1917 Journal of Industrial & Engineering Chemistry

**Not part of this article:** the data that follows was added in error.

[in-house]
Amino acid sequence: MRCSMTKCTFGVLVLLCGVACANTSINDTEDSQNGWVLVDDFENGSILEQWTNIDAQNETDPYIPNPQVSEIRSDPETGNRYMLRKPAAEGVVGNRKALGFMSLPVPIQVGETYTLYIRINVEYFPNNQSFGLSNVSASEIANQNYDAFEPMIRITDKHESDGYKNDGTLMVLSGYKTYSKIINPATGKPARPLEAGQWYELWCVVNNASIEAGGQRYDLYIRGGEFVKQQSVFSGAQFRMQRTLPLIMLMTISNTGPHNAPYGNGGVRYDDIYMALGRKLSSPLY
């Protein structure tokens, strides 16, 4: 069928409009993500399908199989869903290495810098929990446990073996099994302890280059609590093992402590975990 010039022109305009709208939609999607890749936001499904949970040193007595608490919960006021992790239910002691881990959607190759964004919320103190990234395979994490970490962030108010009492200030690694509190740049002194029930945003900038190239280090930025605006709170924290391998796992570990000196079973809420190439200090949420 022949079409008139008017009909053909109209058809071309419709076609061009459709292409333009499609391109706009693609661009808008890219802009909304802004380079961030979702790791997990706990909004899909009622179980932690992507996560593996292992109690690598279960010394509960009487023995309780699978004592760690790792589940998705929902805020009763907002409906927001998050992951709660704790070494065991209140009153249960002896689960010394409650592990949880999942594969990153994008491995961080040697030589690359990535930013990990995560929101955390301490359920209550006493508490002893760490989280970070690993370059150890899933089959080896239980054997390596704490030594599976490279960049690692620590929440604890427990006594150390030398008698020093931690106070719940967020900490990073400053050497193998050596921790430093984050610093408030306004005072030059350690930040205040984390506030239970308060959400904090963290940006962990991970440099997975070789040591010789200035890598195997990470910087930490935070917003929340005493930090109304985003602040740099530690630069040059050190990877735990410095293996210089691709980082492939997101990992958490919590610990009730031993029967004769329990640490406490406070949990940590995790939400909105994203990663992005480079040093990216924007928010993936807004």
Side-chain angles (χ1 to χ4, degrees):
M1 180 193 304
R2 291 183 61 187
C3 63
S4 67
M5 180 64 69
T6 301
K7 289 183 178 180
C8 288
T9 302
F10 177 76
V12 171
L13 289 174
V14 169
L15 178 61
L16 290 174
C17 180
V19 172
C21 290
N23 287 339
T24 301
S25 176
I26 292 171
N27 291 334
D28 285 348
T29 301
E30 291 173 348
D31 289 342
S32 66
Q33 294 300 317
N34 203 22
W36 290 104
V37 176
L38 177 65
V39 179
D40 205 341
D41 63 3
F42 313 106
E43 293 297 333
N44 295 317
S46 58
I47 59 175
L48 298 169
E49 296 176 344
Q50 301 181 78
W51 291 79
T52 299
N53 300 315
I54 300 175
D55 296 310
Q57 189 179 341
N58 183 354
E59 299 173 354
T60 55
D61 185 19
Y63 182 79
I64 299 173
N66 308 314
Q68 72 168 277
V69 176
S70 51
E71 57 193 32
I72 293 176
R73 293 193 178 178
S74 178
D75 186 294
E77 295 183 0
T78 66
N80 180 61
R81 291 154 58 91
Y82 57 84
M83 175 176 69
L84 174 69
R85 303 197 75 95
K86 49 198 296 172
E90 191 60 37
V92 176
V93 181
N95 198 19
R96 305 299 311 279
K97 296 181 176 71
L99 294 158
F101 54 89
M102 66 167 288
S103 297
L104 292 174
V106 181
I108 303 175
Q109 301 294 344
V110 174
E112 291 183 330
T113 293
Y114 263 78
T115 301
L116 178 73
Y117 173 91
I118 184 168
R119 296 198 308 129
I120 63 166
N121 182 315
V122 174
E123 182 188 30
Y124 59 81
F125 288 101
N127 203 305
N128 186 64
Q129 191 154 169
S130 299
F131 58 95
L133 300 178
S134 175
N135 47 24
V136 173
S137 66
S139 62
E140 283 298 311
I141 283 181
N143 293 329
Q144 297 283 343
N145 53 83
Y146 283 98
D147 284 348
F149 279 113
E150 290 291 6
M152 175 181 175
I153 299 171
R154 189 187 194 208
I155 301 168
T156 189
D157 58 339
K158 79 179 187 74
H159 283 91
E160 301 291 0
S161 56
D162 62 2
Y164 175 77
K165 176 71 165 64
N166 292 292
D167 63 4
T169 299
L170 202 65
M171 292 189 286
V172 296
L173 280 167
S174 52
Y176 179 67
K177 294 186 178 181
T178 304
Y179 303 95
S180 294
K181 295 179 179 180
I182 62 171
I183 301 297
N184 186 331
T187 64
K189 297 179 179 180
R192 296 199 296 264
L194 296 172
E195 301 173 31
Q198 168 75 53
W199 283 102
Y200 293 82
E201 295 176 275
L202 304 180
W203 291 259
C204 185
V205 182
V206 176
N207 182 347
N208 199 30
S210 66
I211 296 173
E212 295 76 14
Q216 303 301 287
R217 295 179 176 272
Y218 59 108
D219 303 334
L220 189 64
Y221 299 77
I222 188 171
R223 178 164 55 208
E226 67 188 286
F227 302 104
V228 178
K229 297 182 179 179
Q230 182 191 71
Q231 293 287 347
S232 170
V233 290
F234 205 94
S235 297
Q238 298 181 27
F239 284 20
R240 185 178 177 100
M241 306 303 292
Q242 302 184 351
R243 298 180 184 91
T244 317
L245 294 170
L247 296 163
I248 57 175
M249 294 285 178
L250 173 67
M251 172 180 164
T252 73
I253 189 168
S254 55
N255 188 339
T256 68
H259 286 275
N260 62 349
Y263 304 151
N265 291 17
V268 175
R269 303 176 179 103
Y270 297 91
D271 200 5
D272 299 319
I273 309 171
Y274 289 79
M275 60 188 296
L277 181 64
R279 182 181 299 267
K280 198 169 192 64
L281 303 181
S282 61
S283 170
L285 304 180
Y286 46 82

1902. Since the appearance of the third edition so many improvements and changes have been made i s waterworks practice that considerable portions of this edition have been changed and many additions have been made. The same arrangement of chapters has been followed. Under the title "Drinking Water and Disease" is shown the distinction between normal and polluted waters, and the relation of water supply to public health. Among the additions are the following: typhoid-fever death rates; the